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Europe’s growing interest in EAC to boost integration

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Wednesday, 16 February 2011

Europe’s growing interest in EAC to boost integration

The growing interest of European governments in the East African Community is set to unlock foreign funding and attract technical support to accelerate the remaining phases of integration. European countries had previously expressed misgivings at the rapid pace of EAC’s integration but have now started establishing diplomatic ties with Arusha, with Turkey, the Netherlands, and Denmark taking the lead. The European Union has also appointed its head of delegation to Tanzania, Timothy Clarke, as its representative to EAC. Soren Pind, Danish Minister for cooperation, said merging the economies of Kenya, Uganda, Tanzania, Rwanda and Burundi was quicker because of experiences with the East African Community before it collapsed in 1977. “These countries also share common trading interest and have shown strong political will to move the integration agenda forward,” Pind said in Nairobi on Wednesday. In only 10 years after reviving its integration project, the EAC has managed to negotiate and launch both the custom union and common market protocols, setting stage for the rollout of the monetary union next year – the region’s 12th year of integration. This has raised concerns that some of the stages were implemented without proper consultations, leading to the many non-tariff barriers currently undermining intra-regional trade, especially when viewed against the EU which took 42 years to become a monetary union. Stephen O’Brien, the UK’s Development minister, said regional integration in Africa will stir the international community’s interest to raise the level of funding that the continent needs to meet its millennium development goals. Donors fund 52 percent of the EAC budget. […]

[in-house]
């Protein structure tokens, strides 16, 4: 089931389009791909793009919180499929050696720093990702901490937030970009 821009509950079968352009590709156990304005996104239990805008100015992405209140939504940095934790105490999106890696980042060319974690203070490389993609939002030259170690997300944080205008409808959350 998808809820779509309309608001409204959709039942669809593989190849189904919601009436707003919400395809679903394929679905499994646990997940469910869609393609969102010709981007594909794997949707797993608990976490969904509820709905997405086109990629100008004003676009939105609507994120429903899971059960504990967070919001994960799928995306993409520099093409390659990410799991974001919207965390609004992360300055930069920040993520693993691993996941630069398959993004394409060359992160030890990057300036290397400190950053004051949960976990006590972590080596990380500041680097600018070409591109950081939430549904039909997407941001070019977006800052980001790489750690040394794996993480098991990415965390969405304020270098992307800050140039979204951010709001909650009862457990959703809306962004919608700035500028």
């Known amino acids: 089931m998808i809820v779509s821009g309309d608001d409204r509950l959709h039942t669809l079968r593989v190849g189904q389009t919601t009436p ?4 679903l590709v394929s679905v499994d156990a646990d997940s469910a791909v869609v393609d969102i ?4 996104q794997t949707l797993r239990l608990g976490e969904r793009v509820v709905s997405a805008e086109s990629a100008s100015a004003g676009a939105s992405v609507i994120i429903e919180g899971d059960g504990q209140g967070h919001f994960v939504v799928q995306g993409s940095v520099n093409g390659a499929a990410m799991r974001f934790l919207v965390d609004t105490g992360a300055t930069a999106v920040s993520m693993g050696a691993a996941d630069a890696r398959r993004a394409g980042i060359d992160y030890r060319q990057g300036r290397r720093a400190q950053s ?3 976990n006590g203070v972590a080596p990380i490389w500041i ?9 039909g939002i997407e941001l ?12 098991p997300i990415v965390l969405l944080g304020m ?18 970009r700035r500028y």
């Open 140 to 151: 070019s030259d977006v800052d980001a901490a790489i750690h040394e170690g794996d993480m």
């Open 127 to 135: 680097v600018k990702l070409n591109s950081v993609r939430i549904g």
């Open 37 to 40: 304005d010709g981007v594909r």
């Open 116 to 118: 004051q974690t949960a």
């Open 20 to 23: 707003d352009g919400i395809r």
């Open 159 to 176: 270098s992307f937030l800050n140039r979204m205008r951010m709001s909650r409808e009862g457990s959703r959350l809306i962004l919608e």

On Wednesday, the Netherlands became the latest EU state to approve Sh1.1 billion (€10 million) in support of Trade Mark East Africa’s (TMEA) initiative which seeks to automate and increase capacity of the region’s ports and export corridors, cutting the cost of doing business in the region by 40 percent. […] Other European governments such as the United Kingdom, Denmark, Belgium, and Sweden have already put their money in the TMEA project, joining Germany which is currently involved in the construction of the EAC’s headquarters at a cost of €14 million.

Sorce: Trade Law Centre for South Africa